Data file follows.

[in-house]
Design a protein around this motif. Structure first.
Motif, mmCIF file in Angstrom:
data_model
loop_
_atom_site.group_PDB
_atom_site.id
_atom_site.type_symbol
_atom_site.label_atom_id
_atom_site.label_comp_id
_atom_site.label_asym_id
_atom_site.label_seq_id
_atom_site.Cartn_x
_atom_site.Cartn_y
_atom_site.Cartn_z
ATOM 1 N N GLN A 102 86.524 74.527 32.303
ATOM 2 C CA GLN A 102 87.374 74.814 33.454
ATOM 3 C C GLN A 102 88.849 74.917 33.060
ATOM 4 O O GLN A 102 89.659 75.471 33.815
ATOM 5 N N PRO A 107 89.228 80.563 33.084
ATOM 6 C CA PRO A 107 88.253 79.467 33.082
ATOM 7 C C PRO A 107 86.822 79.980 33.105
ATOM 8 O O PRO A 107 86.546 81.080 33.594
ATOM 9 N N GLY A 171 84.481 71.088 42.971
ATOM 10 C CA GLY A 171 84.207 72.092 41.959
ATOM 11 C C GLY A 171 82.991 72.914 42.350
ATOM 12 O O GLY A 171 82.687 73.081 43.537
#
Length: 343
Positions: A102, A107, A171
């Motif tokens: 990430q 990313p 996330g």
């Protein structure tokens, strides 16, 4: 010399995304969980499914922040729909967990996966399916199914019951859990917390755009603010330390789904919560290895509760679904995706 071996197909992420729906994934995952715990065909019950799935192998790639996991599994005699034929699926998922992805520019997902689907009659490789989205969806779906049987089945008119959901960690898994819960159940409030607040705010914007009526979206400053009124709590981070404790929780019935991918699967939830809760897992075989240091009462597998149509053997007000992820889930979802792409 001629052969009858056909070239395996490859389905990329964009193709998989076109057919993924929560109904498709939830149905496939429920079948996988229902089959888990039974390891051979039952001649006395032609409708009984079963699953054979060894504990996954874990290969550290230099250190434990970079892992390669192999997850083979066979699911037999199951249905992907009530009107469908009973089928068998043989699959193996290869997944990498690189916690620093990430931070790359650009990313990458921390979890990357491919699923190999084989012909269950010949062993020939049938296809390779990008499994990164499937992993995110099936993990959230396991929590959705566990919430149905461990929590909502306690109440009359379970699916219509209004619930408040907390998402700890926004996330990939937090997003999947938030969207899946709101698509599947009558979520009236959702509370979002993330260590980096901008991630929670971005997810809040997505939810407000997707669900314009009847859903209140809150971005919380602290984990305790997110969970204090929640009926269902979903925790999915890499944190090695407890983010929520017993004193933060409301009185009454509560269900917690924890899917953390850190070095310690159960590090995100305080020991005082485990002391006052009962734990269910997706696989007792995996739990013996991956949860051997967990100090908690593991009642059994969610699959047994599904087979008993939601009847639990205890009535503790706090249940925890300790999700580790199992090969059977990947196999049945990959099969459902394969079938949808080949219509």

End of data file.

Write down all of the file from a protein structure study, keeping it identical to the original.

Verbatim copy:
[in-house]
Design a protein around this motif. Structure first.
Motif, mmCIF file in Angstrom:
data_model
loop_
_atom_site.group_PDB
_atom_site.id
_atom_site.type_symbol
_atom_site.label_atom_id
_atom_site.label_comp_id
_atom_site.label_asym_id
_atom_site.label_seq_id
_atom_site.Cartn_x
_atom_site.Cartn_y
_atom_site.Cartn_z
ATOM 1 N N GLN A 102 86.524 74.527 32.303
ATOM 2 C CA GLN A 102 87.374 74.814 33.454
ATOM 3 C C GLN A 102 88.849 74.917 33.060
ATOM 4 O O GLN A 102 89.659 75.471 33.815
ATOM 5 N N PRO A 107 89.228 80.563 33.084
ATOM 6 C CA PRO A 107 88.253 79.467 33.082
ATOM 7 C C PRO A 107 86.822 79.980 33.105
ATOM 8 O O PRO A 107 86.546 81.080 33.594
ATOM 9 N N GLY A 171 84.481 71.088 42.971
ATOM 10 C CA GLY A 171 84.207 72.092 41.959
ATOM 11 C C GLY A 171 82.991 72.914 42.350
ATOM 12 O O GLY A 171 82.687 73.081 43.537
#
Length: 343
Positions: A102, A107, A171
């Motif tokens: 990430q 990313p 996330g």
């Protein structure tokens, strides 16, 4: 010399995304969980499914922040729909967990996966399916199914019951859990917390755009603010330390789904919560290895509760679904995706 071996197909992420729906994934995952715990065909019950799935192998790639996991599994005699034929699926998922992805520019997902689907009659490789989205969806779906049987089945008119959901960690898994819960159940409030607040705010914007009526979206400053009124709590981070404790929780019935991918699967939830809760897992075989240091009462597998149509053997007000992820889930979802792409 001629052969009858056909070239395996490859389905990329964009193709998989076109057919993924929560109904498709939830149905496939429920079948996988229902089959888990039974390891051979039952001649006395032609409708009984079963699953054979060894504990996954874990290969550290230099250190434990970079892992390669192999997850083979066979699911037999199951249905992907009530009107469908009973089928068998043989699959193996290869997944990498690189916690620093990430931070790359650009990313990458921390979890990357491919699923190999084989012909269950010949062993020939049938296809390779990008499994990164499937992993995110099936993990959230396991929590959705566990919430149905461990929590909502306690109440009359379970699916219509209004619930408040907390998402700890926004996330990939937090997003999947938030969207899946709101698509599947009558979520009236959702509370979002993330260590980096901008991630929670971005997810809040997505939810407000997707669900314009009847859903209140809150971005919380602290984990305790997110969970204090929640009926269902979903925790999915890499944190090695407890983010929520017993004193933060409301009185009454509560269900917690924890899917953390850190070095310690159960590090995100305080020991005082485990002391006052009962734990269910997706696989007792995996739990013996991956949860051997967990100090908690593991009642059994969610699959047994599904087979008993939601009847639990205890009535503790706090249940925890300790999700580790199992090969059977990947196999049945990959099969459902394969079938949808080949219509």